The United States Saturday demanded that Syrian President Bashar al-Assad's forces halt their bombardment of Aleppo and help restore a nationwide ceasefire, with Secretary of State John Kerry due to head to Geneva for talks on the conflict.
Terrified residents fled a new wave of air strikes on rebel-held areas of the divided city as key regime backer Russia rejected calls to rein in its ally.
With the peace process hanging by a thread, Kerry was to fly to Geneva on Sunday for talks with UN envoy Staffan de Mistura and the Saudi and Jordanian foreign ministers.
In calls to De Mistura and the lead Syrian opposition negotiator, Kerry expressed "deep concern" about Aleppo, which has suffered some of the worst fighting in a conflict that has killed more than 270,000 people and displaced millions.
"The secretary made clear that ending the violence in Aleppo and returning ultimately to a durable, nationwide cessation is a top priority," spokesman John Kirby said.
A truce was called in February between Assad's forces and a coalition of rebels but has since begun to break down, particularly in the besieged city of Aleppo where nearly 250 people have been killed in the last 10 days.
In the calls, Kerry dismissed Russian and regime claim that the Aleppo strikes were targeting the Al-Nusra Front, a jihadist force that is not party to the ceasefire.
"The secretary made clear that we urged Russia to take steps to stop regime violations, especially its indiscriminate aerial attacks in Aleppo," Kirby said.
Aleppo was left out of a new temporary US-Russian brokered truce that appeared to be holding in the regime stronghold of Latakia as well as Damascus and the nearby rebel bastion of Eastern Ghouta.
A new round of UN-backed peace talks is set to start on May 10 in Geneva.
In Aleppo's rebel-held east, dozens of civilians left the battered Bustan al-Qasr district early Saturday, an AFP correspondent said.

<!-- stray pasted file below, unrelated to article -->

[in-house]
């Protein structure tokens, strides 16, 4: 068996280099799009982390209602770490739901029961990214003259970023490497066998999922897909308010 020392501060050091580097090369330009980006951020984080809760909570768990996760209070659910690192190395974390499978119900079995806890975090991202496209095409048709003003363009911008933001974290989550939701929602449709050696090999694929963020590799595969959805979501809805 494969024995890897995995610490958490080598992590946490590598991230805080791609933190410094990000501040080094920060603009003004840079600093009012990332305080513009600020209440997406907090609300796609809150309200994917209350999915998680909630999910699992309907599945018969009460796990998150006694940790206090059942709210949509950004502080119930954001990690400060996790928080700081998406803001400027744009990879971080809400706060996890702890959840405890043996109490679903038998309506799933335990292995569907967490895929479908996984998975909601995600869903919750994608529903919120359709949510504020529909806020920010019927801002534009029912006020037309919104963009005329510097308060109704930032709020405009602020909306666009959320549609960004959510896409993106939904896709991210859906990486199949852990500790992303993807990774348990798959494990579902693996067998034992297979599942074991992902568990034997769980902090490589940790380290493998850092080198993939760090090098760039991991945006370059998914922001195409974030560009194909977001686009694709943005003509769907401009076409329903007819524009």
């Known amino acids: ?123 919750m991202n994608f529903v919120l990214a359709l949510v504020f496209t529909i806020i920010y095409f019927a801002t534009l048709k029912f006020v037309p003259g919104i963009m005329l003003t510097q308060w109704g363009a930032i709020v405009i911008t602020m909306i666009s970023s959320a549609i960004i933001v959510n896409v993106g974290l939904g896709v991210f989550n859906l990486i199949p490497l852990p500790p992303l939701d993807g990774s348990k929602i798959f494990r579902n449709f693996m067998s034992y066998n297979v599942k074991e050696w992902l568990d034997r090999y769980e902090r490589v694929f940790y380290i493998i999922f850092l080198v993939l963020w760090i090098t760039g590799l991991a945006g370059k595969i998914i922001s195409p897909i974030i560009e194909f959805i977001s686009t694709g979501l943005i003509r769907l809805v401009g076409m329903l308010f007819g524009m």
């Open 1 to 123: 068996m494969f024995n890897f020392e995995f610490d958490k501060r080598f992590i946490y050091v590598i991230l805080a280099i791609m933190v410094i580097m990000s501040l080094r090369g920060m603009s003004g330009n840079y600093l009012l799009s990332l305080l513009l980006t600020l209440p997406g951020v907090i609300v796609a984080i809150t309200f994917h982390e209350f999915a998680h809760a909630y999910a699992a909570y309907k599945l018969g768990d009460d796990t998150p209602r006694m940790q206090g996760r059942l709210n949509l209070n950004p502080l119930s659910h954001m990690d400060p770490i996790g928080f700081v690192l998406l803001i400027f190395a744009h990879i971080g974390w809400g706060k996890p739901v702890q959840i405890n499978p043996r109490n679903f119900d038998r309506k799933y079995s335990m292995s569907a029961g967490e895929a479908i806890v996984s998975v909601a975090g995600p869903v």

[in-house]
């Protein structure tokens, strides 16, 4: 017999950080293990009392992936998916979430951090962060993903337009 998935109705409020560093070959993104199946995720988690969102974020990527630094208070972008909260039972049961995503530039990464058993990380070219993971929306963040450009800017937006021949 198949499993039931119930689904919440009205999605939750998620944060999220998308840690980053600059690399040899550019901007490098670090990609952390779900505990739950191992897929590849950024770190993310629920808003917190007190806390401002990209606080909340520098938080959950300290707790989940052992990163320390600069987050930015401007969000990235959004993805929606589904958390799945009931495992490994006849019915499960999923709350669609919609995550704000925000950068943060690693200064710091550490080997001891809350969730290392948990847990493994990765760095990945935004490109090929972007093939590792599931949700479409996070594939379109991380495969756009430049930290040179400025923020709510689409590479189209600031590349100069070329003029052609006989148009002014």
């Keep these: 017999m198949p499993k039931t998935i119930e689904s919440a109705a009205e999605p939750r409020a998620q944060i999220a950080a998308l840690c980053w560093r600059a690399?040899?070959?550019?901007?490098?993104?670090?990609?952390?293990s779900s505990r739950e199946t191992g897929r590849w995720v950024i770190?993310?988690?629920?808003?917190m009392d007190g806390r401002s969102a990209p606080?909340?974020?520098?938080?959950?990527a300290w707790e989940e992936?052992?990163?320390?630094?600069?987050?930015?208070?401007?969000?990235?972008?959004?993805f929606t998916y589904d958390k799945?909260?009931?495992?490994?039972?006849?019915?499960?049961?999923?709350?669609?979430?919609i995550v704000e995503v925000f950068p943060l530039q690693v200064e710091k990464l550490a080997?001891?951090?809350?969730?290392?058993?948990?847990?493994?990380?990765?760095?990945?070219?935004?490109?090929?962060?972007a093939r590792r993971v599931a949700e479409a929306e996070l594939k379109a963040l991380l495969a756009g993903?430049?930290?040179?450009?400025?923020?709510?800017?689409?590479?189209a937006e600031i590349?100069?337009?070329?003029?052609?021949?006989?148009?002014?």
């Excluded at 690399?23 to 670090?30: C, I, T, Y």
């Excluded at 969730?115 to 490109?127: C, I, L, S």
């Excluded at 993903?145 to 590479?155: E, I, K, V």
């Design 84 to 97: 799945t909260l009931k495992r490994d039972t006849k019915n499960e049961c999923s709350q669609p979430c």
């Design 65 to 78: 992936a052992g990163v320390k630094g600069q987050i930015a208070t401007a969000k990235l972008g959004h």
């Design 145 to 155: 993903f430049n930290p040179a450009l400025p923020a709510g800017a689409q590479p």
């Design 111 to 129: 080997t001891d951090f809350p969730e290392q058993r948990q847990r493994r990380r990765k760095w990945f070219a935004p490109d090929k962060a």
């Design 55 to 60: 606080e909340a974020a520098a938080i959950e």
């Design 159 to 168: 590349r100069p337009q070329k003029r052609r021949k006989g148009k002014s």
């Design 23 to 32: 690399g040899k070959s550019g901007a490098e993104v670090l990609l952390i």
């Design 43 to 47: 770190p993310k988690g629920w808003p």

"The situation has become unbearable," Abu Mohammed said as he prepared to flee with his wife and five children. "Everything is paralysed."
Russia said that it would not ask Damascus to halt air raids on Aleppo.
"No, we are not going to put pressure on (Damascus) because one must understand that the situation in Aleppo is part of this fight against the terrorist threat," Deputy Foreign Minister Gennady Gatilov said.
At least 246 civilians have died in shelling, rocket fire and air strikes in both sides of the city since April 22, the Syrian Observatory for Human Rights said.
At least 10 civilians died in rebel-controlled areas on Saturday, according to the civil defence.
The violence in Aleppo has severely tested the February 27 truce between the regime and non-jihadist rebels intended to pave the way to an end to the five-year conflict.
The few people out on the streets watched the sky anxiously for regime aircraft, running for shelter when one launched a new raid.
The Britain-based Observatory, which relies on a network of sources on the ground, reported 28 air strikes on eastern neighbourhoods.
But in its daily report on Syria, Russia's defence ministry said it had recorded only "three ceasefire violations in the city of Aleppo", blaming them all on the rebels.
The SANA state news agency said shelling of western government-held neighbourhoods killed three civilians, including a child, and blamed Al-Qaeda affiliate Al-Nusra Front and its allies.
A pro-government newspaper said Thursday the army was preparing an offensive to recapture all of Aleppo and the surrounding province.
Hospitals have also been bombed in nine days of escalating violence in Aleppo.
Four medical facilities were hit Friday on both sides of the front line, the International Committee of the Red Cross said.
A raid on Wednesday hit a hospital supported by Doctors Without Borders and the Red Cross as well as nearby housing, killing 30 people and sparking an international outcry.
On other fronts, fighting halted at 1:00 am Saturday (2200 GMT Friday) in a "freeze" set to last for 24 hours in Damascus and Eastern Ghouta, and 72 hours in Latakia.
Humanitarian convoys carrying food and medicine meanwhile entered the besieged rebel-held towns of Madaya and Zabadani, northwest of Damascus, on Saturday, the Red Cross said.
At the same time, trucks entered the besieged government-held towns of Fuaa and Kafraya, southwest of Aleppo.
Madaya became infamous in late 2015 after dozens died of starvation there.
Anas al-Abdeh, head of the Istanbul-based opposition National Coalition, Saturday accused the regime of "war crimes and crimes against humanity" in Aleppo.
Human Rights Watch also said the air strikes on medical facilities in the city "may amount to war crimes".
Qatar called for an emergency Arab League meeting, and Saudi Arabia condemned the regime strikes.